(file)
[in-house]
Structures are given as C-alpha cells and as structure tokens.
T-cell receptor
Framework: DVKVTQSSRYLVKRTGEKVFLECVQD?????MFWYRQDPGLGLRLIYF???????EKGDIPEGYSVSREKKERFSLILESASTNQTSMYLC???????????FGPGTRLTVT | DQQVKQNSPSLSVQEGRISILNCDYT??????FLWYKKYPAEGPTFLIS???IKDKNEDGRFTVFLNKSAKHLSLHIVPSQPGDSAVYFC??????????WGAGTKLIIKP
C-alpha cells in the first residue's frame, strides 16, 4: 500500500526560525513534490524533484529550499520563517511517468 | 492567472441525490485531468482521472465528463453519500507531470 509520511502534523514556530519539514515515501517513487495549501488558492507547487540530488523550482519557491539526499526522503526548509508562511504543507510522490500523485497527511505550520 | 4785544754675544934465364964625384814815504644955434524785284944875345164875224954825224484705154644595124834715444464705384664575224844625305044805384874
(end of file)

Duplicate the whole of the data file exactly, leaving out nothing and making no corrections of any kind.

[in-house]
Structures are given as C-alpha cells and as structure tokens.
T-cell receptor
Framework: DVKVTQSSRYLVKRTGEKVFLECVQD?????MFWYRQDPGLGLRLIYF???????EKGDIPEGYSVSREKKERFSLILESASTNQTSMYLC???????????FGPGTRLTVT | DQQVKQNSPSLSVQEGRISILNCDYT??????FLWYKKYPAEGPTFLIS???IKDKNEDGRFTVFLNKSAKHLSLHIVPSQPGDSAVYFC??????????WGAGTKLIIKP
C-alpha cells in the first residue's frame, strides 16, 4: 500500500526560525513534490524533484529550499520563517511517468 | 492567472441525490485531468482521472465528463453519500507531470 509520511502534523514556530519539514515515501517513487495549501488558492507547487540530488523550482519557491539526499526522503526548509508562511504543507510522490500523485497527511505550520 | 4785544754675544934465364964625384814815504644955434524785284944875345164875224954825224484705154644595124834715444464705384664575224844625305044805384874